Jeremy Corbyn Plans 'Mandatory Reselection Of MPs' If He Wins Fresh Leadership Mandate

Leader's allies plan 'radical' change to entrench power of members.

28/06/2016 18:21 | Updated 29 June 2016
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Supporters of Jeremy Corbyn have warned he will impose mandatory reselection of MPs and a string of other moves to give party members more control if he successfully defeats the Commons ‘coup’ against him.

HuffPost UK has been told that a string of radical measures are being planned if Corbyn is re-elected, including recall by-elections and a new ‘lock’ giving the rank and file membership a veto over any future leadership elections.

Senior Labour sources say that a fresh election victory would give him the mandate to draft an even more ‘socialist’ policy programme, but more importantly would allow him to transform party democracy.

Labour MPs voted overwhelmingly for a vote of ‘no confidence’ in their party leader, and letters requesting a leadership contest were expected to be submitted to the party general secretary Iain McNicol in coming days.

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Jeremy Corbyn and John McDonnell

But furious pro-Corbyn figures in the party say that plotting MPs will “have sleepless nights” if they fail in their bid to topple him.

Private polling done by trade unions shows that support among their individual members for Corbyn is as strong as it was when he won his landslide in September 2015, and in some unions is even stronger.

“We will offer the most radical leadership reform package ever,” said one insider. “Reselection, recall, a lock on leadership elections that only members can remove. We will bring it.”

Allies of Corbyn were furious at his “rude” treatment by MPs at the Parliamentary Labour Party meeting on Monday night.

The grassroots Momentum movement has always said it opposes plans to impose mandatory reselection of MPs, but some within the group think that the conduct of the PLP has forced a rethink.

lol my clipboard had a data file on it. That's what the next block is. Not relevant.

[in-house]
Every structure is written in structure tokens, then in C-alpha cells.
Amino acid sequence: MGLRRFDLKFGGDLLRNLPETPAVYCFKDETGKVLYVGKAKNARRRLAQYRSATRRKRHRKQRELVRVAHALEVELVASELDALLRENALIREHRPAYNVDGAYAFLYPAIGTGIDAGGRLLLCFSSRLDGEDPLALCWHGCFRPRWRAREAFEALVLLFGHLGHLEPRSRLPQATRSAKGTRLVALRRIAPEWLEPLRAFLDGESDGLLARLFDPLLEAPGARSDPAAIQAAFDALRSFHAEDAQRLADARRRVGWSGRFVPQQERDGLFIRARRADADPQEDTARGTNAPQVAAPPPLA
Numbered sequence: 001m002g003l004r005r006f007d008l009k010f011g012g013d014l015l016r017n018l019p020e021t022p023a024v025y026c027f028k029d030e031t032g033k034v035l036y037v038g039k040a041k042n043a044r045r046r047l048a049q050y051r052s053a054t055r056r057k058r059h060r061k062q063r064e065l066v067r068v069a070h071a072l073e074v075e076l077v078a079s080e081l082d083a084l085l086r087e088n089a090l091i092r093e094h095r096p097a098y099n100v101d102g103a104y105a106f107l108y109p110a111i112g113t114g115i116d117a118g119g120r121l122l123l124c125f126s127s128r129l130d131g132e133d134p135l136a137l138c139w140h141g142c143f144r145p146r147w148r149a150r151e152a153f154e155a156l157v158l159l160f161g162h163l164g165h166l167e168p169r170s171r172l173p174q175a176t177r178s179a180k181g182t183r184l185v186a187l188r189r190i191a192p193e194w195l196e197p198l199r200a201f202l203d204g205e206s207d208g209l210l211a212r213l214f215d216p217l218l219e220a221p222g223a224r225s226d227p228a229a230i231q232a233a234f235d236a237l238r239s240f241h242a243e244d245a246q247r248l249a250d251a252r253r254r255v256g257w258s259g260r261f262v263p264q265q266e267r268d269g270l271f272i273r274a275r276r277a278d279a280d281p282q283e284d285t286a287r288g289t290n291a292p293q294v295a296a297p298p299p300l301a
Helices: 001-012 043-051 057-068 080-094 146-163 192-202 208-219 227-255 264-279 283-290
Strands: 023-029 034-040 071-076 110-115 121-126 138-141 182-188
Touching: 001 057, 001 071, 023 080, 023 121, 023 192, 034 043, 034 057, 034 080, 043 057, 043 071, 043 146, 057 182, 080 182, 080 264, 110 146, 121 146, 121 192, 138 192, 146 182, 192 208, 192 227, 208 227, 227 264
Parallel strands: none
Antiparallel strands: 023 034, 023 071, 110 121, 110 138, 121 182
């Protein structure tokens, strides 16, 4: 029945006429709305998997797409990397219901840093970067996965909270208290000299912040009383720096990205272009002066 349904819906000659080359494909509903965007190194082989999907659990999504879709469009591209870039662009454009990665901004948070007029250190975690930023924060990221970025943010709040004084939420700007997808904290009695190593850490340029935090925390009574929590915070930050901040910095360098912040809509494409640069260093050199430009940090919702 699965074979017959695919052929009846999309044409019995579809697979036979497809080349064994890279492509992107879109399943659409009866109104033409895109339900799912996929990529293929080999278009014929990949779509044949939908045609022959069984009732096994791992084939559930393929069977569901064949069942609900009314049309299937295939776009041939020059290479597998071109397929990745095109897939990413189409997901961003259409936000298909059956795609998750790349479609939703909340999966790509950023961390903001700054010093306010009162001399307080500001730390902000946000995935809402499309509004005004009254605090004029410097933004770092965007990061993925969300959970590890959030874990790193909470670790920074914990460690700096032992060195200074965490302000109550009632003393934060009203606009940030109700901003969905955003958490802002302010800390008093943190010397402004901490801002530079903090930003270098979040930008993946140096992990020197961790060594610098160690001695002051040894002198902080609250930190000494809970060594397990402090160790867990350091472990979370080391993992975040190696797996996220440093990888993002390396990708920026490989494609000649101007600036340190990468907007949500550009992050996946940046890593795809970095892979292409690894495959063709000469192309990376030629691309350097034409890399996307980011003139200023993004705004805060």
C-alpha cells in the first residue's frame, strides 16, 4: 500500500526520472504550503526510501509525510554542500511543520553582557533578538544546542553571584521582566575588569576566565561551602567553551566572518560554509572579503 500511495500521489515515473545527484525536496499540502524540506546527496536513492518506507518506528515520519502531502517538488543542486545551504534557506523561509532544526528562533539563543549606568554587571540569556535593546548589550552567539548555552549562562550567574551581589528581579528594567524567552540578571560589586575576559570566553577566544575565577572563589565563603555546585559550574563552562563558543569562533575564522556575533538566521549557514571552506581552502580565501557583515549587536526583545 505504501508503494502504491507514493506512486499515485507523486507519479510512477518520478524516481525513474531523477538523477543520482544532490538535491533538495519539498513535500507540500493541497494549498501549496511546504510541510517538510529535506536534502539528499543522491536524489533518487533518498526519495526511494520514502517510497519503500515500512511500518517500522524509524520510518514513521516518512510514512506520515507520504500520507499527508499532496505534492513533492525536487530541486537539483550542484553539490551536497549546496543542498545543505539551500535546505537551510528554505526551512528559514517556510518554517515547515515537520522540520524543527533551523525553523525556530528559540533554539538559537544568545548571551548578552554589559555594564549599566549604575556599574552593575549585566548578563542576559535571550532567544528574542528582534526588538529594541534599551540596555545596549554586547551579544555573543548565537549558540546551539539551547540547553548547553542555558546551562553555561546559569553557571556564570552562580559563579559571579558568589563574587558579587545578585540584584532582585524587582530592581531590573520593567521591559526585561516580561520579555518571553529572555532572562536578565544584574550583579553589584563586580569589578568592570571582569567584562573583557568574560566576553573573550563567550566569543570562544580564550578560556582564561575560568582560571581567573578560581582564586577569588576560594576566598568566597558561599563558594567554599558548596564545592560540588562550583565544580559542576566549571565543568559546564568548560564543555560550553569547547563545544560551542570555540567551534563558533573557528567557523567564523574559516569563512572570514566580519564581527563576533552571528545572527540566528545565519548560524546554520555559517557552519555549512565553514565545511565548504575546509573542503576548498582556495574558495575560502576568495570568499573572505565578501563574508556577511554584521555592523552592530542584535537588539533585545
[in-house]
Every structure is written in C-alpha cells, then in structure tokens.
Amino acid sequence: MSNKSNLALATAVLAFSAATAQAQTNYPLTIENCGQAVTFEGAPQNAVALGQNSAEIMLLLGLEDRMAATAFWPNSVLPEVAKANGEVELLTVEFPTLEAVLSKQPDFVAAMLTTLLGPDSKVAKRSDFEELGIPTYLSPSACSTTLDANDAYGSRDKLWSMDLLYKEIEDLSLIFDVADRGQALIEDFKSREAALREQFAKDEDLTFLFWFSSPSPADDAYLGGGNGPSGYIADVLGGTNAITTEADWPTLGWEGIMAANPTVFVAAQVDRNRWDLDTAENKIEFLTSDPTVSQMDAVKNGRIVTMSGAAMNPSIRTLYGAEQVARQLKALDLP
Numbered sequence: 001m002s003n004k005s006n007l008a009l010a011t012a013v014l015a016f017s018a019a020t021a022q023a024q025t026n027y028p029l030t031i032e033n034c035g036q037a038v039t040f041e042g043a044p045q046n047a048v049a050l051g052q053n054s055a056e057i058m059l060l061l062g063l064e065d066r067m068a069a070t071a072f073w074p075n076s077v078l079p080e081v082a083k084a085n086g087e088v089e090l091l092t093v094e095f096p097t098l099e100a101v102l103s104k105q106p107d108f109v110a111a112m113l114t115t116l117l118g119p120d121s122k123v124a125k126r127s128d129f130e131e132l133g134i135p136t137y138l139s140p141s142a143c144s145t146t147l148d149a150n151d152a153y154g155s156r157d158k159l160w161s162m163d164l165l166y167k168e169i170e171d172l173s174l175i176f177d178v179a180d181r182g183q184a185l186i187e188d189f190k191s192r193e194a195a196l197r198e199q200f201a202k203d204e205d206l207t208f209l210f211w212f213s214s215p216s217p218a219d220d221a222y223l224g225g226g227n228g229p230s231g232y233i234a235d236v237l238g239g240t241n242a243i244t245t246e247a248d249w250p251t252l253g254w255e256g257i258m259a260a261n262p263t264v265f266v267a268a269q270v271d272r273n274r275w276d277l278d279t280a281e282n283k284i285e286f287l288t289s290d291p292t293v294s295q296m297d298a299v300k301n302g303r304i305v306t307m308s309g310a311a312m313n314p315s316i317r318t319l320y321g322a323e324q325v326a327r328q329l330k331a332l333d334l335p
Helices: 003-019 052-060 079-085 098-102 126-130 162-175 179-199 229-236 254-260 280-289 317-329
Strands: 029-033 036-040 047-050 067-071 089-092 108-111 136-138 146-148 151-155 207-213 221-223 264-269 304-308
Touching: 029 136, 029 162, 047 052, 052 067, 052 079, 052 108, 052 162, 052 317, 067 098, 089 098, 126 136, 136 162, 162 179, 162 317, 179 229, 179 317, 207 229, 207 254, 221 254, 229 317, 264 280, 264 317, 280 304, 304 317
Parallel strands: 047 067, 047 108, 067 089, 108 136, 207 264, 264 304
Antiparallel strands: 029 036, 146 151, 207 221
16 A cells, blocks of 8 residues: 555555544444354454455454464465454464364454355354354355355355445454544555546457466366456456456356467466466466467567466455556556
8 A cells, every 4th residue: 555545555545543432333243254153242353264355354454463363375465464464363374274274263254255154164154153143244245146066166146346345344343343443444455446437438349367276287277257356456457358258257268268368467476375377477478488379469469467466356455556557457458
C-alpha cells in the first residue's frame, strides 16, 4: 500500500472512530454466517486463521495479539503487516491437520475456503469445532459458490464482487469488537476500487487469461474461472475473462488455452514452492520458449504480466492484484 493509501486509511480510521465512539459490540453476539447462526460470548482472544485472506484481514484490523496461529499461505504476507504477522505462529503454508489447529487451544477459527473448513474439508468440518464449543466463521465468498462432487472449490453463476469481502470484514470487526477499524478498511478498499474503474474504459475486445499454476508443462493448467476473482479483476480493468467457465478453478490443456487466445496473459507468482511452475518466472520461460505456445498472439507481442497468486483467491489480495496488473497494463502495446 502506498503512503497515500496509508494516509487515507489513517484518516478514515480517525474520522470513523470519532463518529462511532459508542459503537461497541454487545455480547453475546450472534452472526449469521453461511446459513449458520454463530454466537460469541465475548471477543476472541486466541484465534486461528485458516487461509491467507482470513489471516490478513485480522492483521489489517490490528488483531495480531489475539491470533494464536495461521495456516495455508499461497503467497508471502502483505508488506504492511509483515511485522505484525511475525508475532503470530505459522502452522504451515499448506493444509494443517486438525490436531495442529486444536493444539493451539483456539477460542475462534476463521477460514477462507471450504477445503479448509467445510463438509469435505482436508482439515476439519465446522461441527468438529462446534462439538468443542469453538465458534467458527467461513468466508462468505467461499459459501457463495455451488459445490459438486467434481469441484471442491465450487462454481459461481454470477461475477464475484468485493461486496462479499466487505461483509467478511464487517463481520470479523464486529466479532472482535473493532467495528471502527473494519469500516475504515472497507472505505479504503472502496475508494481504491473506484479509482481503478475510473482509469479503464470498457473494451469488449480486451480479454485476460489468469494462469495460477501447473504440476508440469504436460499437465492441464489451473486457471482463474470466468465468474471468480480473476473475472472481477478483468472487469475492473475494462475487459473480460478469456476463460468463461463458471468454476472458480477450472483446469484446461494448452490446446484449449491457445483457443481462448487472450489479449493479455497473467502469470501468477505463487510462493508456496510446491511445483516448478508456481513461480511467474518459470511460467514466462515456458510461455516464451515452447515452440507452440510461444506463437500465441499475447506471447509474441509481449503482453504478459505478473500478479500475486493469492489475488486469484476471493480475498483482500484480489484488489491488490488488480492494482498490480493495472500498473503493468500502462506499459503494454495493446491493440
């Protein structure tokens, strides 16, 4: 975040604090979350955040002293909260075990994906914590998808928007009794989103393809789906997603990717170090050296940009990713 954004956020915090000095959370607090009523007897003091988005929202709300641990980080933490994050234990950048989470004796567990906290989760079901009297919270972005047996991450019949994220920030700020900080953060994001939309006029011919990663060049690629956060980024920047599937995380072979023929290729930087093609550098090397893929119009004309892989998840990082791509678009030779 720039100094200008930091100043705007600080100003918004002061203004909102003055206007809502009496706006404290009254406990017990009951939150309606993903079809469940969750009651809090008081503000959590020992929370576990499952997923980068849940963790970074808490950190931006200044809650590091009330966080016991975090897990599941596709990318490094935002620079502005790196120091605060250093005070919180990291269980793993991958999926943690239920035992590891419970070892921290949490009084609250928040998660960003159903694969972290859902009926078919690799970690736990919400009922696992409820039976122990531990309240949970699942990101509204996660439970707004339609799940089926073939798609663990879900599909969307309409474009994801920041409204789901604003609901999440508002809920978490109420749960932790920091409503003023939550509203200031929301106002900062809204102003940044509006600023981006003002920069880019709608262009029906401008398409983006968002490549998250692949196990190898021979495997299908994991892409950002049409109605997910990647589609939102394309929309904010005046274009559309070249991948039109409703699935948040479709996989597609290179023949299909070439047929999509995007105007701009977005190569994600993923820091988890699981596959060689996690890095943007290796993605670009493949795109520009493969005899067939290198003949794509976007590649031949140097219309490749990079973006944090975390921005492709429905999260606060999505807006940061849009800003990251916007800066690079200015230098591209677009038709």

A string of rule changes will be implemented, with the backing of the party's ruling National Executive Committee, to effectively shift power away from Parliament and towards the rank and file members and trade unionists.

A party spokesman said in the wake of the PLP meeting that Corbyn felt deeply that it was upto members to decide his future.

"He believes in the democracy of the Labour party. That’s what’s at stake," he said.

Another said: "Jeremy has a substantial personal vote, but that's not the point. MPs are not elected for their personal vote. They are elected because they stand for the Labour party."

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Corbyn supporters outside Parliament

Under one proposal, MPs' current right to trigger a leadership challenge would be torn up.  The first hurdle to any future contest would not be a threshold of MP nominations but a vote by the membership.

MPs were resigned to the fact that reselection could be forced on them by boundary changes ahead of the 2020 general election.

But forced re-selections of every single one of the party's 229 MPs would trigger a civil war that could dwarf even the Militant days of the 1980s, and possibly a split in the party.

Corbyn himself has long steered clear of hints at mandatory re-selection of all MPs, repeatedly reassuring the PLP that he has no such plans.

However, many around him believe he will now go for the 'radical option' to ensure that those standing for Parliament properly reflect the new membership, which soared to 400,000 during the last leadership contest and after Corbyn's victory.

There are also plans to hand online votes over policy to the members, particularly on issues such as Trident policy and renationalisations.

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